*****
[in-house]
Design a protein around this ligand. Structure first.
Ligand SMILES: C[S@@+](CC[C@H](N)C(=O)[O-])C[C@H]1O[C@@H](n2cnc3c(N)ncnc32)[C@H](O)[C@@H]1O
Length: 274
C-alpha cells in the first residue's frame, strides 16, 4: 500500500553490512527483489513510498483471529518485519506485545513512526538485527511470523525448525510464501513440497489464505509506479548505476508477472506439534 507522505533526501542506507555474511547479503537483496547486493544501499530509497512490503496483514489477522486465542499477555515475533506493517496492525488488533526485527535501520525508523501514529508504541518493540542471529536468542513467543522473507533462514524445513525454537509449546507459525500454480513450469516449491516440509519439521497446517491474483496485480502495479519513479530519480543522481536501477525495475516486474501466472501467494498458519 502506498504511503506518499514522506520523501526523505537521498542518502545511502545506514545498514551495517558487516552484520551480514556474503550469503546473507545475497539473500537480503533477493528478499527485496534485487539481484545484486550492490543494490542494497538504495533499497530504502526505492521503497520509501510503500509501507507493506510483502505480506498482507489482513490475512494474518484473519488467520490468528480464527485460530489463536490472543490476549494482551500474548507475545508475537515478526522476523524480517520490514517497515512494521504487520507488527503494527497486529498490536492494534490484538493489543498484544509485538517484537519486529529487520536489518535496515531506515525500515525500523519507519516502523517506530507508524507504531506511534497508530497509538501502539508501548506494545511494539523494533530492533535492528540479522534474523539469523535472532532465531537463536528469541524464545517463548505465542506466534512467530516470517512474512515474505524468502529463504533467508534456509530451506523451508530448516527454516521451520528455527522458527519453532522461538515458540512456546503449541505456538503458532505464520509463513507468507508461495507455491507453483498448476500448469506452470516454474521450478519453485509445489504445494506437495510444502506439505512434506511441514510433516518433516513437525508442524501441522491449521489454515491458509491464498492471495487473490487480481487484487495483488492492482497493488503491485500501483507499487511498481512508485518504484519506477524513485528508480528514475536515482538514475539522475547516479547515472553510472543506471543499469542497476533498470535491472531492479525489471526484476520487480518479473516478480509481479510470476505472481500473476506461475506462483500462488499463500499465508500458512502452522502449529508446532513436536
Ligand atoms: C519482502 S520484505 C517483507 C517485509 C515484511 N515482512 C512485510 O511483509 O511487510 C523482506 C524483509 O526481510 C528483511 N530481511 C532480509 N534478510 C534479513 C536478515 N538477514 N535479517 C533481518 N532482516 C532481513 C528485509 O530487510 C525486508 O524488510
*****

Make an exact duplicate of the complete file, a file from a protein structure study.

[in-house]
Design a protein around this ligand. Structure first.
Ligand SMILES: C[S@@+](CC[C@H](N)C(=O)[O-])C[C@H]1O[C@@H](n2cnc3c(N)ncnc32)[C@H](O)[C@@H]1O
Length: 274
C-alpha cells in the first residue's frame, strides 16, 4: 500500500553490512527483489513510498483471529518485519506485545513512526538485527511470523525448525510464501513440497489464505509506479548505476508477472506439534 507522505533526501542506507555474511547479503537483496547486493544501499530509497512490503496483514489477522486465542499477555515475533506493517496492525488488533526485527535501520525508523501514529508504541518493540542471529536468542513467543522473507533462514524445513525454537509449546507459525500454480513450469516449491516440509519439521497446517491474483496485480502495479519513479530519480543522481536501477525495475516486474501466472501467494498458519 502506498504511503506518499514522506520523501526523505537521498542518502545511502545506514545498514551495517558487516552484520551480514556474503550469503546473507545475497539473500537480503533477493528478499527485496534485487539481484545484486550492490543494490542494497538504495533499497530504502526505492521503497520509501510503500509501507507493506510483502505480506498482507489482513490475512494474518484473519488467520490468528480464527485460530489463536490472543490476549494482551500474548507475545508475537515478526522476523524480517520490514517497515512494521504487520507488527503494527497486529498490536492494534490484538493489543498484544509485538517484537519486529529487520536489518535496515531506515525500515525500523519507519516502523517506530507508524507504531506511534497508530497509538501502539508501548506494545511494539523494533530492533535492528540479522534474523539469523535472532532465531537463536528469541524464545517463548505465542506466534512467530516470517512474512515474505524468502529463504533467508534456509530451506523451508530448516527454516521451520528455527522458527519453532522461538515458540512456546503449541505456538503458532505464520509463513507468507508461495507455491507453483498448476500448469506452470516454474521450478519453485509445489504445494506437495510444502506439505512434506511441514510433516518433516513437525508442524501441522491449521489454515491458509491464498492471495487473490487480481487484487495483488492492482497493488503491485500501483507499487511498481512508485518504484519506477524513485528508480528514475536515482538514475539522475547516479547515472553510472543506471543499469542497476533498470535491472531492479525489471526484476520487480518479473516478480509481479510470476505472481500473476506461475506462483500462488499463500499465508500458512502452522502449529508446532513436536
Ligand atoms: C519482502 S520484505 C517483507 C517485509 C515484511 N515482512 C512485510 O511483509 O511487510 C523482506 C524483509 O526481510 C528483511 N530481511 C532480509 N534478510 C534479513 C536478515 N538477514 N535479517 C533481518 N532482516 C532481513 C528485509 O530487510 C525486508 O524488510